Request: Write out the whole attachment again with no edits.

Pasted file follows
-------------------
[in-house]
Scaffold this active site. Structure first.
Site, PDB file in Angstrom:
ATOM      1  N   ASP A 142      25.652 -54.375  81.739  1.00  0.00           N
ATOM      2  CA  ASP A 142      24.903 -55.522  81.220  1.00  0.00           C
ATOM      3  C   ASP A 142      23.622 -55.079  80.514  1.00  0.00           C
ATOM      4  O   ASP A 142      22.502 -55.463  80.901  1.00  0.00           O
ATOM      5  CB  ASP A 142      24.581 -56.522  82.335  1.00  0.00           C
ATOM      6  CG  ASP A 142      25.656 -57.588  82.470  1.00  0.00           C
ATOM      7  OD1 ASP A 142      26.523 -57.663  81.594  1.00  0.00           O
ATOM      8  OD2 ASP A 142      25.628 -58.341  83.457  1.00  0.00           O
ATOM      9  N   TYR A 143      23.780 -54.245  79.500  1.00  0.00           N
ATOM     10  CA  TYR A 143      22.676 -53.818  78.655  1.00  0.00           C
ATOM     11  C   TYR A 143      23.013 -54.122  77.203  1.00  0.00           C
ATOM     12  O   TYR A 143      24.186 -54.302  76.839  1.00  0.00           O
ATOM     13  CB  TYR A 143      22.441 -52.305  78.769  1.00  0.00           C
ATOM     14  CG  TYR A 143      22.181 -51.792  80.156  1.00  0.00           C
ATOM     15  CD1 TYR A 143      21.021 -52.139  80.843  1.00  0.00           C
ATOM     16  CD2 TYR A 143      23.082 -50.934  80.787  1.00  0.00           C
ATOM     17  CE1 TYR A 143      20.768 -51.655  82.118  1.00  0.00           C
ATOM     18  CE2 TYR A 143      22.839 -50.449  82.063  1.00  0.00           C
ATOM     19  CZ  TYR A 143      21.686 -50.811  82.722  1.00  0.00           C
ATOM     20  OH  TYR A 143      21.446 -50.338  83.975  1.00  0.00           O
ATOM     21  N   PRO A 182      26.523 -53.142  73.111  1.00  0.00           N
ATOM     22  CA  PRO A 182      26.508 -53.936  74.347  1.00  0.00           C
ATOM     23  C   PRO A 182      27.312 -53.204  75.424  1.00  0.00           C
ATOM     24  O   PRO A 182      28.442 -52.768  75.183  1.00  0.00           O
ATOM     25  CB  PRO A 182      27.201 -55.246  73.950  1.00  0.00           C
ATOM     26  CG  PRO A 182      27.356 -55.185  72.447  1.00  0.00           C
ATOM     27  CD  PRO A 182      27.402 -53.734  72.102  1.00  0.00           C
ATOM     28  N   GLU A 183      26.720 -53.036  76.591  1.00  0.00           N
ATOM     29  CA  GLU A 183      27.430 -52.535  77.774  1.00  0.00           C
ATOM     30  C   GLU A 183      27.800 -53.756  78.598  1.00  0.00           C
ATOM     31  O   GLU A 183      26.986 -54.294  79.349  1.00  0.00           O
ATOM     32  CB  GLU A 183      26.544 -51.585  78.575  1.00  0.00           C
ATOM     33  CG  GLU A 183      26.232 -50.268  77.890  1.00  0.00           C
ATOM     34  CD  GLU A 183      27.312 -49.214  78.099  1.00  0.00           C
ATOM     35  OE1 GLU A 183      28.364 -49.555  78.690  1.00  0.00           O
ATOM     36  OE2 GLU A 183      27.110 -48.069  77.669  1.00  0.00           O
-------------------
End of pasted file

[in-house]
Scaffold this active site. Structure first.
Site, PDB file in Angstrom:
ATOM      1  N   ASP A 142      25.652 -54.375  81.739  1.00  0.00           N
ATOM      2  CA  ASP A 142      24.903 -55.522  81.220  1.00  0.00           C
ATOM      3  C   ASP A 142      23.622 -55.079  80.514  1.00  0.00           C
ATOM      4  O   ASP A 142      22.502 -55.463  80.901  1.00  0.00           O
ATOM      5  CB  ASP A 142      24.581 -56.522  82.335  1.00  0.00           C
ATOM      6  CG  ASP A 142      25.656 -57.588  82.470  1.00  0.00           C
ATOM      7  OD1 ASP A 142      26.523 -57.663  81.594  1.00  0.00           O
ATOM      8  OD2 ASP A 142      25.628 -58.341  83.457  1.00  0.00           O
ATOM      9  N   TYR A 143      23.780 -54.245  79.500  1.00  0.00           N
ATOM     10  CA  TYR A 143      22.676 -53.818  78.655  1.00  0.00           C
ATOM     11  C   TYR A 143      23.013 -54.122  77.203  1.00  0.00           C
ATOM     12  O   TYR A 143      24.186 -54.302  76.839  1.00  0.00           O
ATOM     13  CB  TYR A 143      22.441 -52.305  78.769  1.00  0.00           C
ATOM     14  CG  TYR A 143      22.181 -51.792  80.156  1.00  0.00           C
ATOM     15  CD1 TYR A 143      21.021 -52.139  80.843  1.00  0.00           C
ATOM     16  CD2 TYR A 143      23.082 -50.934  80.787  1.00  0.00           C
ATOM     17  CE1 TYR A 143      20.768 -51.655  82.118  1.00  0.00           C
ATOM     18  CE2 TYR A 143      22.839 -50.449  82.063  1.00  0.00           C
ATOM     19  CZ  TYR A 143      21.686 -50.811  82.722  1.00  0.00           C
ATOM     20  OH  TYR A 143      21.446 -50.338  83.975  1.00  0.00           O
ATOM     21  N   PRO A 182      26.523 -53.142  73.111  1.00  0.00           N
ATOM     22  CA  PRO A 182      26.508 -53.936  74.347  1.00  0.00           C
ATOM     23  C   PRO A 182      27.312 -53.204  75.424  1.00  0.00           C
ATOM     24  O   PRO A 182      28.442 -52.768  75.183  1.00  0.00           O
ATOM     25  CB  PRO A 182      27.201 -55.246  73.950  1.00  0.00           C
ATOM     26  CG  PRO A 182      27.356 -55.185  72.447  1.00  0.00           C
ATOM     27  CD  PRO A 182      27.402 -53.734  72.102  1.00  0.00           C
ATOM     28  N   GLU A 183      26.720 -53.036  76.591  1.00  0.00           N
ATOM     29  CA  GLU A 183      27.430 -52.535  77.774  1.00  0.00           C
ATOM     30  C   GLU A 183      27.800 -53.756  78.598  1.00  0.00           C
ATOM     31  O   GLU A 183      26.986 -54.294  79.349  1.00  0.00           O
ATOM     32  CB  GLU A 183      26.544 -51.585  78.575  1.00  0.00           C
ATOM     33  CG  GLU A 183      26.232 -50.268  77.890  1.00  0.00           C
ATOM     34  CD  GLU A 183      27.312 -49.214  78.099  1.00  0.00           C
ATOM     35  OE1 GLU A 183      28.364 -49.555  78.690  1.00  0.00           O
ATOM     36  OE2 GLU A 183      27.110 -48.069  77.669  1.00  0.00           O